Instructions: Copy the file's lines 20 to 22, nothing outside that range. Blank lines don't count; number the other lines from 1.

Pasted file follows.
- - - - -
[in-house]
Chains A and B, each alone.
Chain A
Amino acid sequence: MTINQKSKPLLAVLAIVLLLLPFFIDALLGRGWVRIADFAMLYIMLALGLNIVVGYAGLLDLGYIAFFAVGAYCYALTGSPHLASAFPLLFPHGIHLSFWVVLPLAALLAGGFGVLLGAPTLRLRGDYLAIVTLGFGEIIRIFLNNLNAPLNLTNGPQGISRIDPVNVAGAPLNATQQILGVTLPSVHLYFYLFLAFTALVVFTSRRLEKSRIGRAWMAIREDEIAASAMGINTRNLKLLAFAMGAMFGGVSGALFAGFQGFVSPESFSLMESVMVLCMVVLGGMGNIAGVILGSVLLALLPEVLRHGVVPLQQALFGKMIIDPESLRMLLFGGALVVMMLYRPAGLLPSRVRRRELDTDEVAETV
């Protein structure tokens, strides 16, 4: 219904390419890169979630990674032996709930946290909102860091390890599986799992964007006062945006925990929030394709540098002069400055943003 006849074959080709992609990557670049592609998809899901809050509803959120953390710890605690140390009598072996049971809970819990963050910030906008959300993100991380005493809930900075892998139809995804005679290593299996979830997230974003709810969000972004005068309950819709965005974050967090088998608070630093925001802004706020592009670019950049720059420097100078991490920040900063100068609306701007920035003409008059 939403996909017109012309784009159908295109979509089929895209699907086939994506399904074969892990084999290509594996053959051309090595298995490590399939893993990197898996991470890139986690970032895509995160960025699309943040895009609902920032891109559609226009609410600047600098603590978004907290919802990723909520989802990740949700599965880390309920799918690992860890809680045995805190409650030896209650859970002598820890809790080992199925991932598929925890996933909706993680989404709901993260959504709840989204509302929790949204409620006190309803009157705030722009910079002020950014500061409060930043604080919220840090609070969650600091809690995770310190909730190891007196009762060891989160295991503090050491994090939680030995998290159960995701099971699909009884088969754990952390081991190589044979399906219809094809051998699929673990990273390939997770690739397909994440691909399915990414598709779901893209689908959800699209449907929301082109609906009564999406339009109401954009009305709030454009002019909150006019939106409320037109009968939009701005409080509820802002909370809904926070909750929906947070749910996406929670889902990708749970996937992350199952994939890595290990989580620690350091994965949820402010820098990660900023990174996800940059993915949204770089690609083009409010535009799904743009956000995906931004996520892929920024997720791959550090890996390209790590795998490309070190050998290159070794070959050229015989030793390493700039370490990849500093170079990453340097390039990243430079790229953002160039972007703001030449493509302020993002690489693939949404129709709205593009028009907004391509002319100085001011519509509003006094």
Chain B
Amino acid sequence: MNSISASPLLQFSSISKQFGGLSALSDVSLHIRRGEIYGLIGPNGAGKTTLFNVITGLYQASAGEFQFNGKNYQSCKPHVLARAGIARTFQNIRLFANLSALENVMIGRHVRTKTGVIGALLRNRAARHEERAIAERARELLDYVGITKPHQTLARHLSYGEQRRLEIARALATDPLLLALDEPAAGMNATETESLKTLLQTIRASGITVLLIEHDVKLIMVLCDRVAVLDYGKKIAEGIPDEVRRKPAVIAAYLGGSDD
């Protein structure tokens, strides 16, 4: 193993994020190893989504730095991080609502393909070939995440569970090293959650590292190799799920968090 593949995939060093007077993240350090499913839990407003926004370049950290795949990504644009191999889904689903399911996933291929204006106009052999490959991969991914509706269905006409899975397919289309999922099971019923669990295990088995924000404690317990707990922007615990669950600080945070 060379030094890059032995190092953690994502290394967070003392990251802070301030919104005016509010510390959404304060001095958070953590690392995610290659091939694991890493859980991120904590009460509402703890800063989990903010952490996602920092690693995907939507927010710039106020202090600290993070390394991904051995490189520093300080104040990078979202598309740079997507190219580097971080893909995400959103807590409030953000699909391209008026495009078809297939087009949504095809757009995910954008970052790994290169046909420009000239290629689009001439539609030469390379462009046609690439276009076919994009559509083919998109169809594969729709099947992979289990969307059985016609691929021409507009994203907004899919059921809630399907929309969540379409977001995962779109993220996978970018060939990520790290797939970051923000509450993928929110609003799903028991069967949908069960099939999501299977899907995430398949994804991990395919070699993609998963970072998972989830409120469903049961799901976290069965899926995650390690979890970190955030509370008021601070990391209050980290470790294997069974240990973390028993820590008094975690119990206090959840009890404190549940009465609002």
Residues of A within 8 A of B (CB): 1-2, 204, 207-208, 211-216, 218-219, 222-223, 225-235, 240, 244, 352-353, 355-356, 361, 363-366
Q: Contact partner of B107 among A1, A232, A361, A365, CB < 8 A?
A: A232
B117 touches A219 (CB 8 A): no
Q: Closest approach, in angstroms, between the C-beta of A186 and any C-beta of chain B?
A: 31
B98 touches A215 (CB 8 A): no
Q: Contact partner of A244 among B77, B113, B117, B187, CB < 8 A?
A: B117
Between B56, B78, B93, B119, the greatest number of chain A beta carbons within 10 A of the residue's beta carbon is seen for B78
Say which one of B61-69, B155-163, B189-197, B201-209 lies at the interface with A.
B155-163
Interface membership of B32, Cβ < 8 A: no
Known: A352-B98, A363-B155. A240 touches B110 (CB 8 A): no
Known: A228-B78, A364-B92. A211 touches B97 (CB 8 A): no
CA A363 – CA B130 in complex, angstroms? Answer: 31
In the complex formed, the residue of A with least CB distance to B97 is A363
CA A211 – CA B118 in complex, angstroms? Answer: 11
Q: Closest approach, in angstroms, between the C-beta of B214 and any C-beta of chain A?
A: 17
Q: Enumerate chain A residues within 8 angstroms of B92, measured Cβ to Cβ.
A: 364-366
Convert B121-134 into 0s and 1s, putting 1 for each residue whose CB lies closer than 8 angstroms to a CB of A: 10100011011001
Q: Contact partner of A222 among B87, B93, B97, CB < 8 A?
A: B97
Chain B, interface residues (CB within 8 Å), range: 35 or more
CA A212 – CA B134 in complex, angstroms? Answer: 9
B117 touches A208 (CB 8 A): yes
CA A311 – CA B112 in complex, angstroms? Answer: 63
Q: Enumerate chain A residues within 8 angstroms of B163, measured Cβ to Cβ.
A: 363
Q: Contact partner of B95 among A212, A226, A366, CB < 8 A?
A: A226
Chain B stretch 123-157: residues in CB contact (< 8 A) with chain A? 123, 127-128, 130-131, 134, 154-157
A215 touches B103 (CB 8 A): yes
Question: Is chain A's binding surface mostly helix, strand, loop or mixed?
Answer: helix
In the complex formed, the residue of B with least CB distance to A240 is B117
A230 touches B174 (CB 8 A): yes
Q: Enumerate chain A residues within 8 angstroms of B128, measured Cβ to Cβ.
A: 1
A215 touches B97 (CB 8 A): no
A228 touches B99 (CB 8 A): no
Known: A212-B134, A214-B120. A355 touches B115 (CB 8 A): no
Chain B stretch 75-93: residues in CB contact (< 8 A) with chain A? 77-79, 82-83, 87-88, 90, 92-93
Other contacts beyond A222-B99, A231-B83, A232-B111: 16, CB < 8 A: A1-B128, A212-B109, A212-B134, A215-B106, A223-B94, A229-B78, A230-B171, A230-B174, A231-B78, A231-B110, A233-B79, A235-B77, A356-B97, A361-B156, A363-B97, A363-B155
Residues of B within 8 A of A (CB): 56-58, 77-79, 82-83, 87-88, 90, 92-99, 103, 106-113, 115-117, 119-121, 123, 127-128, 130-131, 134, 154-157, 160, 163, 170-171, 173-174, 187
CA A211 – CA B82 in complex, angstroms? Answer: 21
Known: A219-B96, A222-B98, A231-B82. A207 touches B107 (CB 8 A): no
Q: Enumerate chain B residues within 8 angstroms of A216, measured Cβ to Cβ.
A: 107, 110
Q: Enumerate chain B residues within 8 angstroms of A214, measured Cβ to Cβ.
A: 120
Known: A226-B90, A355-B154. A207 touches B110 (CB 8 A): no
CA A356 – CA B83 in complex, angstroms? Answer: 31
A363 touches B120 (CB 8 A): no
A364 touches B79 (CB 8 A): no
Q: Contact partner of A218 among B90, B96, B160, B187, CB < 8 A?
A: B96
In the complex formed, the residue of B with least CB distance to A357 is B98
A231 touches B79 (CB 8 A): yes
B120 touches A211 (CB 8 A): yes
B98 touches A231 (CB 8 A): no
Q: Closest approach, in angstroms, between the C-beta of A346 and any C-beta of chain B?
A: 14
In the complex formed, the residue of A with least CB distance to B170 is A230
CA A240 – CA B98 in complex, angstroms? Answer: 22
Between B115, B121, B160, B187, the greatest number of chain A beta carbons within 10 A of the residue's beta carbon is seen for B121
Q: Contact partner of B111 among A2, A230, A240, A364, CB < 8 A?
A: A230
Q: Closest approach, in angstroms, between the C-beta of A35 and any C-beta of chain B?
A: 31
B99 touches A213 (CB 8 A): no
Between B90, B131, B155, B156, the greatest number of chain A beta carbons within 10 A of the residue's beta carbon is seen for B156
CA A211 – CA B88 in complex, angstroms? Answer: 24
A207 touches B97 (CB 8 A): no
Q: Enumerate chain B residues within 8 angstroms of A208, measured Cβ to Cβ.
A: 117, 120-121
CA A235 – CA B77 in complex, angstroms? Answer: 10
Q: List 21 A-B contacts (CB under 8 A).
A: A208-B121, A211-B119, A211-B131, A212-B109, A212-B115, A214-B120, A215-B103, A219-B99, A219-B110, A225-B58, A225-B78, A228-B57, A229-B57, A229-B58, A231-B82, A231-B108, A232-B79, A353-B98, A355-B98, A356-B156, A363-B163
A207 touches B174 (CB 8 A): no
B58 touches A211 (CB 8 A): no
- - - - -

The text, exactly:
B155-163
Interface membership of B32, Cβ < 8 A: no
Known: A352-B98, A363-B155. A240 touches B110 (CB 8 A): no